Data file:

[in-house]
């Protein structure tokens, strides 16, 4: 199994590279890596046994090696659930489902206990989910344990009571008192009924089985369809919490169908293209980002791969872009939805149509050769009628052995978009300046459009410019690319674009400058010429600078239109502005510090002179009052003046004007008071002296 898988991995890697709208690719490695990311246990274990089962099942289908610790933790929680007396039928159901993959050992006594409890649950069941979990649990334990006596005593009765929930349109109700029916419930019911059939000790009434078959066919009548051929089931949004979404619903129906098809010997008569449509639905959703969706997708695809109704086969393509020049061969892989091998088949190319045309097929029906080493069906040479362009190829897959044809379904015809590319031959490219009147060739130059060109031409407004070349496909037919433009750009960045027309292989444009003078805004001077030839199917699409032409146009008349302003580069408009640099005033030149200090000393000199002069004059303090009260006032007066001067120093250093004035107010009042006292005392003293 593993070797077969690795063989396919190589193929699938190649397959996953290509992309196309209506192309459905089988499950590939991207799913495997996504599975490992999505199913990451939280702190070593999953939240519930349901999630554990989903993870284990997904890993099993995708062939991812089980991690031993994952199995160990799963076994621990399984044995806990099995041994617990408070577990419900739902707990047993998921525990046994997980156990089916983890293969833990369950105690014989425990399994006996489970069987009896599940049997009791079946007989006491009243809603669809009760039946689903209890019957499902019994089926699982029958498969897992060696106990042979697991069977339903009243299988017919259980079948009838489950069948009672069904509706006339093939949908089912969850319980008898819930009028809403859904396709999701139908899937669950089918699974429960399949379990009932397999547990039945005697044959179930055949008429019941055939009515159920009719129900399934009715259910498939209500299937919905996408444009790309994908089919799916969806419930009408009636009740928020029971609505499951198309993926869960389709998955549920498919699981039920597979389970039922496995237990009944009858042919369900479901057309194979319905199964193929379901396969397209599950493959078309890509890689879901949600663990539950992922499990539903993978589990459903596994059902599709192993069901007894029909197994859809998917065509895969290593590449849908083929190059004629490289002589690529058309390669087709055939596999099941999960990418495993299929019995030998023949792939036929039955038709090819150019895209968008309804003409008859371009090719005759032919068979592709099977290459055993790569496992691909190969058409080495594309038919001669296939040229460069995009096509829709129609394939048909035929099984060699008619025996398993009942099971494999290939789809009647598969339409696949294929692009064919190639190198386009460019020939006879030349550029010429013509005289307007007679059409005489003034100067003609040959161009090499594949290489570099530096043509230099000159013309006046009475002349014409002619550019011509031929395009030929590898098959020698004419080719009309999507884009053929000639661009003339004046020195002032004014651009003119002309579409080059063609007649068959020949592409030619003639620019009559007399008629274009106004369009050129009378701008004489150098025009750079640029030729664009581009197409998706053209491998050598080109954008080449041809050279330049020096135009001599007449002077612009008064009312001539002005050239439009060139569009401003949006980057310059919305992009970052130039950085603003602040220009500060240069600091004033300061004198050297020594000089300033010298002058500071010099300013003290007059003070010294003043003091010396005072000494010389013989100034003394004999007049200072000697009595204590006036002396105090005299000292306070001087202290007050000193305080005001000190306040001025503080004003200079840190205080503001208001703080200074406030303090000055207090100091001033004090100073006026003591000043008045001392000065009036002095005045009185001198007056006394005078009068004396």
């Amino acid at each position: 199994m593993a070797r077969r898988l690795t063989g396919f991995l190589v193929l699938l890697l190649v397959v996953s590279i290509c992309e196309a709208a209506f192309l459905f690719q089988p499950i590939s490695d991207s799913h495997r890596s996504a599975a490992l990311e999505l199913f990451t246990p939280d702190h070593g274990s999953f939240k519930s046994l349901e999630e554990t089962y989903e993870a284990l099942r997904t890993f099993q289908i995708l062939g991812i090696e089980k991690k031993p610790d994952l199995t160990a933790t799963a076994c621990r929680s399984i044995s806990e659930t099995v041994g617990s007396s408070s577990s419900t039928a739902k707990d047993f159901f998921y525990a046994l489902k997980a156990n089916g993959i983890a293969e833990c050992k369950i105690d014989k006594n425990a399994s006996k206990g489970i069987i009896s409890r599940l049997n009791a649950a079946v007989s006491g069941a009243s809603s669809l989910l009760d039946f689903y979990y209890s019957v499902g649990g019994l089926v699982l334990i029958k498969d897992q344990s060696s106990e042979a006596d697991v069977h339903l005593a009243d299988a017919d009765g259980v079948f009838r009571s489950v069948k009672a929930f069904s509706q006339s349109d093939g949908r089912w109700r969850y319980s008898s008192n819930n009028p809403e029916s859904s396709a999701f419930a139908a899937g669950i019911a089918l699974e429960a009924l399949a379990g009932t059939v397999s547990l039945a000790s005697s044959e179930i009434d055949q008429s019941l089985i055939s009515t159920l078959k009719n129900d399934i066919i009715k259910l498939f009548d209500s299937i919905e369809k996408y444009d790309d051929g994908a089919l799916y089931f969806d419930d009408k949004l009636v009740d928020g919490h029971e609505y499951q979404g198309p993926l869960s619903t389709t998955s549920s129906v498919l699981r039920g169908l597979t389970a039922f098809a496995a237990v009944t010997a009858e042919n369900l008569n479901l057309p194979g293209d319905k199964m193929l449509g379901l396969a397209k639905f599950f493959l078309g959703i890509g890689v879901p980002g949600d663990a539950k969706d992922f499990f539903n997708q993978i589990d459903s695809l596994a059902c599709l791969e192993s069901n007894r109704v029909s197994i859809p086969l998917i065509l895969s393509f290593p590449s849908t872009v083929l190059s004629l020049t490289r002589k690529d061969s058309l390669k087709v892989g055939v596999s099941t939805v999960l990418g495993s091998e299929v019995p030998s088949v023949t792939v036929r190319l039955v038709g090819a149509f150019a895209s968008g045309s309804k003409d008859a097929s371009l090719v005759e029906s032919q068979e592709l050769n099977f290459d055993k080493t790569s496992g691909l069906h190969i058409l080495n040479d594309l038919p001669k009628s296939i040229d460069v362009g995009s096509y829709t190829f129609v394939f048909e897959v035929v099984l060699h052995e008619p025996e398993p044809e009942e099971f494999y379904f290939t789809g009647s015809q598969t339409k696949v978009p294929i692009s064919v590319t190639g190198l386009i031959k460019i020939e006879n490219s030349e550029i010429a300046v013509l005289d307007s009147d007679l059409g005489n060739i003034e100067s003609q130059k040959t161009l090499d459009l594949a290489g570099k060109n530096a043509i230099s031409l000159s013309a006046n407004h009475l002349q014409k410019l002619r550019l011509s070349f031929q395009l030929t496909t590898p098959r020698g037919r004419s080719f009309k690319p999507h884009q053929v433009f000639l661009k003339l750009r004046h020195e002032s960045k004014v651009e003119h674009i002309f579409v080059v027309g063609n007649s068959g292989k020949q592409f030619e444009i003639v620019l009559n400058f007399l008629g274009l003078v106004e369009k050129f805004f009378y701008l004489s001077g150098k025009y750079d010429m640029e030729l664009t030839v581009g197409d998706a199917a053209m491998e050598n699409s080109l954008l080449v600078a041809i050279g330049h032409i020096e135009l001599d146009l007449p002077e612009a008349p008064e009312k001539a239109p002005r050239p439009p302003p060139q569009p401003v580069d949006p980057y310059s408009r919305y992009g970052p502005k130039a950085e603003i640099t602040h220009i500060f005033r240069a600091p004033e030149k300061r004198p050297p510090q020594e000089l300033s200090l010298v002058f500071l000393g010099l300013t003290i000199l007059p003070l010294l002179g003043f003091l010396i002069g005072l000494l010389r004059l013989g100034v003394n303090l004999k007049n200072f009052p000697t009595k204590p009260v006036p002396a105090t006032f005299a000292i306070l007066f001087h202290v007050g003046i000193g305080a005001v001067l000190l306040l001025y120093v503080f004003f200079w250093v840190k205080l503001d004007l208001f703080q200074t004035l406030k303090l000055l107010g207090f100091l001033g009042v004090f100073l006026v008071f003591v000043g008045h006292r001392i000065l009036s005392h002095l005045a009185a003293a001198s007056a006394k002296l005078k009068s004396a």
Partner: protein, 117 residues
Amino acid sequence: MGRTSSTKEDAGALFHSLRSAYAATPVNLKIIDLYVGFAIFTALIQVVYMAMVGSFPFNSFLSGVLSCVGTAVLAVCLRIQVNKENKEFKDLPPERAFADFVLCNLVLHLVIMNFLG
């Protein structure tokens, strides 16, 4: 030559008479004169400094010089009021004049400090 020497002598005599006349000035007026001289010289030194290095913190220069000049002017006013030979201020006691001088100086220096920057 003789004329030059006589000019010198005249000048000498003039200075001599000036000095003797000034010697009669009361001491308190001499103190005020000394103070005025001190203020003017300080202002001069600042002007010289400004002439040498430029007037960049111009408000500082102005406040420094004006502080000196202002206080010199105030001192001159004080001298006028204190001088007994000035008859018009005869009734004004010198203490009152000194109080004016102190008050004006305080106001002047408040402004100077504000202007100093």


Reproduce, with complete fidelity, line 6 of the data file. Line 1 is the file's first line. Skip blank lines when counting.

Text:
């Protein structure tokens, strides 16, 4: 030559008479004169400094010089009021004049400090 020497002598005599006349000035007026001289010289030194290095913190220069000049002017006013030979201020006691001088100086220096920057 003789004329030059006589000019010198005249000048000498003039200075001599000036000095003797000034010697009669009361001491308190001499103190005020000394103070005025001190203020003017300080202002001069600042002007010289400004002439040498430029007037960049111009408000500082102005406040420094004006502080000196202002206080010199105030001192001159004080001298006028204190001088007994000035008859018009005869009734004004010198203490009152000194109080004016102190008050004006305080106001002047408040402004100077504000202007100093």